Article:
to the Babylonian for that letter, and it is now admitted as correct. He reckoned eleven initial consonantal sounds : they include the consonants already named with the exception of m^ to^-ether with tk^ c/i, p, k. v^ /, n and y. With these united to one of the three vowels all the svUables in the lani>'ua<re are formed. The double syllables are composed of the same con- sonantal sounds (excluding tit and ?/), separated by a. He did not consider that any of the signs represented the union of two consonants separated l^y i or u^ an opinion that has been since over-ruled. He recognised that there was no difference between the surd and sonant consonants at the beginning of a word, and he agreed with Westergaard that the double letter in the middle emphasised the hard sound. He saw also that the same sign was used equally to express the Persian m and w ; and that 'the aspirate, which is quite uncertain, must also be disregarded.' He accepted the two determina- tive signs already admitted l)y Westergaard, and also the determinative l)efore the words for ' aod' and ' heaven ' which had been ])ointed out by Hincks.^ He also re- cognised the ideogram for ' month.' The gradual recog- nition of the similaritv of a lar<>e number of the Median and Babvlonian sio-ns was at lenuth bemnnini»' to bear fruit. Xorris indicates a reseml)lance between nearly fiftv in his list of one hundred and three si^ns.- Twentv of these are indeed ' identical ' in form, and independent investigation proved that they conveyed the same sound in botli lan^niaaes. In the otliers the similaritv was sufficiently striking to afford an important confirmation of the values arrived at by the studv of the text. Indeed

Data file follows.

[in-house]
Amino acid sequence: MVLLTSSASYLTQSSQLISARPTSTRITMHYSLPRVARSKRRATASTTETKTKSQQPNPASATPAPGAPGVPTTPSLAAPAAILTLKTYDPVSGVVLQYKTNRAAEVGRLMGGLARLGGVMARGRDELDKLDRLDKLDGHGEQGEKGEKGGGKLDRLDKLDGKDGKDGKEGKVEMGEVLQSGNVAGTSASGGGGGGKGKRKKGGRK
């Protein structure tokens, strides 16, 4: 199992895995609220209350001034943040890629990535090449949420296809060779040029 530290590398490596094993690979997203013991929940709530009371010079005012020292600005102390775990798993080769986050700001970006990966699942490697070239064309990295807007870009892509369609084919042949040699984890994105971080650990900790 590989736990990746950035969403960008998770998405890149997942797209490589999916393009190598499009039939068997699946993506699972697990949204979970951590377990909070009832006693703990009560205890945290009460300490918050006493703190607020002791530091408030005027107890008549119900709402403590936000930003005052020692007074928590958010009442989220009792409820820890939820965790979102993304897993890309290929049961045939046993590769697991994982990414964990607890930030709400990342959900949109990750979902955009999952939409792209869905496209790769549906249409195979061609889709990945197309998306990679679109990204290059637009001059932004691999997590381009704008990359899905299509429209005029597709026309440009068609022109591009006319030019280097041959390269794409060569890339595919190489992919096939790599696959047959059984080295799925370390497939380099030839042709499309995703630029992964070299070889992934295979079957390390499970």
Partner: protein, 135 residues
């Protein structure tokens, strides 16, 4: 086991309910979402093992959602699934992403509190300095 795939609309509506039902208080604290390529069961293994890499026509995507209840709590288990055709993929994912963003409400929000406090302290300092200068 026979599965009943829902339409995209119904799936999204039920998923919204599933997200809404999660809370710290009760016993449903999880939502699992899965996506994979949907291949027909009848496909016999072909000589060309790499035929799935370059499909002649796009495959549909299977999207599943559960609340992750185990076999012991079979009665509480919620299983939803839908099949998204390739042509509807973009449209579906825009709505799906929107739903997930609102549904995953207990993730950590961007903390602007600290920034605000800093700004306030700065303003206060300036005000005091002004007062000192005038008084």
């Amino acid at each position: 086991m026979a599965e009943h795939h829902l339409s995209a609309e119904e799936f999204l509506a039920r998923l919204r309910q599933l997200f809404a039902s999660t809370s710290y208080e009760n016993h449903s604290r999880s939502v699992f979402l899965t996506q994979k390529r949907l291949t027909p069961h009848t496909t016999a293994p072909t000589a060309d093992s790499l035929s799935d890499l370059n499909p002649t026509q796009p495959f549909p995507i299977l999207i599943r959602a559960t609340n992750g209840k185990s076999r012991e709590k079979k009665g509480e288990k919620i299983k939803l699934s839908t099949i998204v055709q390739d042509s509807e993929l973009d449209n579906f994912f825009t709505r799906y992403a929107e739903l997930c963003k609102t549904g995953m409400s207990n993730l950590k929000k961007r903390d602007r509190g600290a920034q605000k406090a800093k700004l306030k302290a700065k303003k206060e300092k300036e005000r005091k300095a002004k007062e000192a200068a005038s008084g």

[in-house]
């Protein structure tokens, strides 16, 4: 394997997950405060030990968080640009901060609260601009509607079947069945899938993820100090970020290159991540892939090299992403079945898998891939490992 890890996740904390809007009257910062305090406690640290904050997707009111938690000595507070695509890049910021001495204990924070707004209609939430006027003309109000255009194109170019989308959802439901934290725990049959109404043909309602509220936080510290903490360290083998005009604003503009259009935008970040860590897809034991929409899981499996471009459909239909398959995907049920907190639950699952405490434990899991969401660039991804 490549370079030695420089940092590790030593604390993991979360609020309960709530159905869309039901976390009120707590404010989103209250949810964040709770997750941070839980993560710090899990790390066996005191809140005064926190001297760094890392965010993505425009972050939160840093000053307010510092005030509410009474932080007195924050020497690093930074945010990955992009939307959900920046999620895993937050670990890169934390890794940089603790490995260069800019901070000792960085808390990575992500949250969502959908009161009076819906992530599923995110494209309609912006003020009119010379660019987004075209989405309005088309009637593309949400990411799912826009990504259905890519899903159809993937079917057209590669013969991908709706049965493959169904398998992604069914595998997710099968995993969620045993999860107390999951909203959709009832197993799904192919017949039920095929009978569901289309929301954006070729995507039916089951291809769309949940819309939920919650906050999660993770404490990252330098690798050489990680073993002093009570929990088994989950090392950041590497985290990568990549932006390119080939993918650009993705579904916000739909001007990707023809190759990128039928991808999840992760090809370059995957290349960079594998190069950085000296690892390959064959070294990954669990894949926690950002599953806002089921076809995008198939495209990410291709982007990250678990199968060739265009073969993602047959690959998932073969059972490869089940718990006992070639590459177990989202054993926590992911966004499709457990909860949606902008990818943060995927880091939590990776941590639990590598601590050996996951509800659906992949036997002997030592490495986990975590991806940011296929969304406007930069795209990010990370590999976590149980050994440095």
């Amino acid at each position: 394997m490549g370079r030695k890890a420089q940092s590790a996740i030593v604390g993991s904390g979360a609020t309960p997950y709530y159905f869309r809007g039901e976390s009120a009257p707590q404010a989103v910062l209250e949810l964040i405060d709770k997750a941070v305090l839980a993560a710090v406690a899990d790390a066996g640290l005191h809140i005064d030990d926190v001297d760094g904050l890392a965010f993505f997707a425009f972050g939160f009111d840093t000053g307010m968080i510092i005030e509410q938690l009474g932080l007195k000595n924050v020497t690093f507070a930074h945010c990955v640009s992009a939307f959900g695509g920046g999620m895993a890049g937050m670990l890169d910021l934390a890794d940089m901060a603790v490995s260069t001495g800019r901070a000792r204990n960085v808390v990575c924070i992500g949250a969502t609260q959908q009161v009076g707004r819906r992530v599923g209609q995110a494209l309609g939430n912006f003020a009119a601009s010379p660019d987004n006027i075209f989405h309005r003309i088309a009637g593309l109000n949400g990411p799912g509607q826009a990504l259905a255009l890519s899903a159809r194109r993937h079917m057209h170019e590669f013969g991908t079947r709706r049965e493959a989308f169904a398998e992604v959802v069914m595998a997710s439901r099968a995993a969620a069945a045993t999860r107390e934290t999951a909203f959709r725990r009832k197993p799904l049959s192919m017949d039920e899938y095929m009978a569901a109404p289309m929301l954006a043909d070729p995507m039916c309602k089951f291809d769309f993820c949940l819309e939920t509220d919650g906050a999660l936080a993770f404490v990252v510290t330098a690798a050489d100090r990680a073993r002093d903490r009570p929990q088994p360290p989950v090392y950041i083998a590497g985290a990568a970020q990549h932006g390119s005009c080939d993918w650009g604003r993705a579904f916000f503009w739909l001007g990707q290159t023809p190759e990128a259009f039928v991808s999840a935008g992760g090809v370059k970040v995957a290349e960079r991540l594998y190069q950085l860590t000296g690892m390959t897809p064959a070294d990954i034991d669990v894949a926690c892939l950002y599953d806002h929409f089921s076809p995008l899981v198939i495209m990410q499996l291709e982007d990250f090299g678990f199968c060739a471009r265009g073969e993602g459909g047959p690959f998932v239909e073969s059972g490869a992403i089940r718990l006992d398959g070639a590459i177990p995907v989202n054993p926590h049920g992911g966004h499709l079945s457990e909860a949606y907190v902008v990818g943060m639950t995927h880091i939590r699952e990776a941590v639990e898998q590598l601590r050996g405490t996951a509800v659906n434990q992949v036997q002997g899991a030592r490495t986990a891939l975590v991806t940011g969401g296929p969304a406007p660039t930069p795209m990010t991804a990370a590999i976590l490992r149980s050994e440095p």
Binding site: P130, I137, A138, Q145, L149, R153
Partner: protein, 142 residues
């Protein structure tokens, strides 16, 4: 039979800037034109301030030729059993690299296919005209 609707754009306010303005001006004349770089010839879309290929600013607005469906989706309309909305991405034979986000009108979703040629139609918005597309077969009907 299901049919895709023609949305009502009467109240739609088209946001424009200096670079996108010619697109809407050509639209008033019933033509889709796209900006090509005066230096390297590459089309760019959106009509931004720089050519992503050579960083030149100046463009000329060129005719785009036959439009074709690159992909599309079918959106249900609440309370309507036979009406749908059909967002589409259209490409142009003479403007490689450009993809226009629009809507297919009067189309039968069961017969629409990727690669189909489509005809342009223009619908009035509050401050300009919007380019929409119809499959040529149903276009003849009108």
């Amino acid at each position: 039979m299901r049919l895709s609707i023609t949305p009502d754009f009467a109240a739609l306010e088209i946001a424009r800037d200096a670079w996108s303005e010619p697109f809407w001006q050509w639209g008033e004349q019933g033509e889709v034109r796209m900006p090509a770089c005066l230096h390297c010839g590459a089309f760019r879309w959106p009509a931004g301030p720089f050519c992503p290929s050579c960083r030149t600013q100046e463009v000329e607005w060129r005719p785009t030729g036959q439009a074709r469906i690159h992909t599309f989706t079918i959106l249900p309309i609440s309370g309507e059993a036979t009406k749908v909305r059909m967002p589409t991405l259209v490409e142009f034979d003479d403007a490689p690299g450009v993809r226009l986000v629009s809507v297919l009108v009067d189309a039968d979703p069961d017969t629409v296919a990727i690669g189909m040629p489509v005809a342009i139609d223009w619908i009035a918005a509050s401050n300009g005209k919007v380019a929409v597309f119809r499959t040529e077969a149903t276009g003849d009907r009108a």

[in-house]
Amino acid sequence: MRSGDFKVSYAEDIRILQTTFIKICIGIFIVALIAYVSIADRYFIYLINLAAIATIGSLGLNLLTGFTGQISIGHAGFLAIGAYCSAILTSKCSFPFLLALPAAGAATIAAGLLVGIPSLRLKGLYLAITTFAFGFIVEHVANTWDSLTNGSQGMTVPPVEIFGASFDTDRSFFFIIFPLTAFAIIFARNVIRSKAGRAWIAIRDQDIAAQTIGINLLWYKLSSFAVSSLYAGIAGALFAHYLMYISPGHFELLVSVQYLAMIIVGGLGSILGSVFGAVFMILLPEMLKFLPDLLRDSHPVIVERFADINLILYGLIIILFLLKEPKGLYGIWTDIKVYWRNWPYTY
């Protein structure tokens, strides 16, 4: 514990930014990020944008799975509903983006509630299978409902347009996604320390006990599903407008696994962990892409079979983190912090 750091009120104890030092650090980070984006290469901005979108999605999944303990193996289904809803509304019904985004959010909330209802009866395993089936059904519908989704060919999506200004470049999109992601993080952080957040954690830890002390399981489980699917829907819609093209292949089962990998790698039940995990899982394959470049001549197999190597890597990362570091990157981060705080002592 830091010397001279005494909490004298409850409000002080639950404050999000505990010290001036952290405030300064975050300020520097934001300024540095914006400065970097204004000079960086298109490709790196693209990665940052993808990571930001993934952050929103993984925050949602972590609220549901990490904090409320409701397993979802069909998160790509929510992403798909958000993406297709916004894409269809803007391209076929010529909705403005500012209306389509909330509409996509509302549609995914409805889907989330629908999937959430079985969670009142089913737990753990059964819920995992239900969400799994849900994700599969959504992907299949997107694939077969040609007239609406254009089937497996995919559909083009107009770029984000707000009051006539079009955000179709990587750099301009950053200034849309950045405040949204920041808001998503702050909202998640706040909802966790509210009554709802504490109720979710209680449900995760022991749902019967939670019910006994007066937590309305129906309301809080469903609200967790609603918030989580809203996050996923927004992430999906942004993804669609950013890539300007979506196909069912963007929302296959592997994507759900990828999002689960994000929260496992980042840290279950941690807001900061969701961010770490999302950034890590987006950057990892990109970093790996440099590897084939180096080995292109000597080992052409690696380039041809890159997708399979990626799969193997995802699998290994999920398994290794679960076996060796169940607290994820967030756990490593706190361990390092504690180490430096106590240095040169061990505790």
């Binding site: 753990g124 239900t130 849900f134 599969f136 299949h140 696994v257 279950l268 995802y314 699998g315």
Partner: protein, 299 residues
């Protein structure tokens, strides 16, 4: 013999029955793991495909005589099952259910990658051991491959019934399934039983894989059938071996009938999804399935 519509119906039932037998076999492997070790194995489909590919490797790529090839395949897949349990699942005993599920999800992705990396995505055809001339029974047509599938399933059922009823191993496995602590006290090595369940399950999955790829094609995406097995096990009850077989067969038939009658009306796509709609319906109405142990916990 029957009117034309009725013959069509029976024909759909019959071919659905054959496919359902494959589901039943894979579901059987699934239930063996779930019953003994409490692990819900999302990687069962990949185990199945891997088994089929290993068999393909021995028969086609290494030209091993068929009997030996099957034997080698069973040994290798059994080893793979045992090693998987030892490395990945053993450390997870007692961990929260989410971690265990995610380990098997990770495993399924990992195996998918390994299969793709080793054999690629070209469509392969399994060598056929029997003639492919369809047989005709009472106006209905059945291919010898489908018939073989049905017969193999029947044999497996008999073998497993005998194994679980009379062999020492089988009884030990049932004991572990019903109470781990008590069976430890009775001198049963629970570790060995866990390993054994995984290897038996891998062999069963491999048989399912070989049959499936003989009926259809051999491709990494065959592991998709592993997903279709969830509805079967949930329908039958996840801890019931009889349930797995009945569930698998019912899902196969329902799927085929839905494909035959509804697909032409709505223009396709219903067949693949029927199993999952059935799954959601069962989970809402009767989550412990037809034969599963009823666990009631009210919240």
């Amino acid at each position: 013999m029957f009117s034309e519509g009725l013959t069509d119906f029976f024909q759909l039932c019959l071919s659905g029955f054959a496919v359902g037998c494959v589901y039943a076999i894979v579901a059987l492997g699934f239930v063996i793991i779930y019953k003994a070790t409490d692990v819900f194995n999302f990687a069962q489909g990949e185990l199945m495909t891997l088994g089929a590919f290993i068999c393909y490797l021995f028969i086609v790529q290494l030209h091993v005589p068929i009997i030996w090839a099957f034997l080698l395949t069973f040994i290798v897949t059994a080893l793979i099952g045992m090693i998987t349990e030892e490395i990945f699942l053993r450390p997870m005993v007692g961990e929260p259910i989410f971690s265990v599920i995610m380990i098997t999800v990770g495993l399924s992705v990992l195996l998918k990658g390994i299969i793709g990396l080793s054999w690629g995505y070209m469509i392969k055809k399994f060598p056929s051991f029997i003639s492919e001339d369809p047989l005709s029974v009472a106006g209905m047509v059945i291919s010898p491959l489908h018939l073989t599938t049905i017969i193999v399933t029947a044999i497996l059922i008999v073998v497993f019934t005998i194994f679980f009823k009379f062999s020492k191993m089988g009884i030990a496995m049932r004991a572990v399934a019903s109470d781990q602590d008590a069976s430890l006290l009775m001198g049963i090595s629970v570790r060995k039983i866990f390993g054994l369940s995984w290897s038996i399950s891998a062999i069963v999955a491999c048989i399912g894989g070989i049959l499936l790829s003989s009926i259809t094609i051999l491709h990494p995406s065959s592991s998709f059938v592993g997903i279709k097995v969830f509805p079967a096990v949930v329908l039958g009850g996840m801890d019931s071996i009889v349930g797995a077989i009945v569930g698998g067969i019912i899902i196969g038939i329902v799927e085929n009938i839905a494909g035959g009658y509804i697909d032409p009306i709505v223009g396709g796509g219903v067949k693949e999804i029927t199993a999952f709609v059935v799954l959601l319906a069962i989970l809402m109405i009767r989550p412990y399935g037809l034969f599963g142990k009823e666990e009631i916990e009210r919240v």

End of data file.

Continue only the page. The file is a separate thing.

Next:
^ \\v attributes this observation to IToltzDiann, who wrote in 1851; but llincks'a opinion was publislied three years previously in the Traiu. R. /. Acad. 1848. Norris had heard of D*^ Saulcv, but did not read him ; see J, It. A. S. -w. 153, note.
- We have counted 47, iV>». pp. 7-40.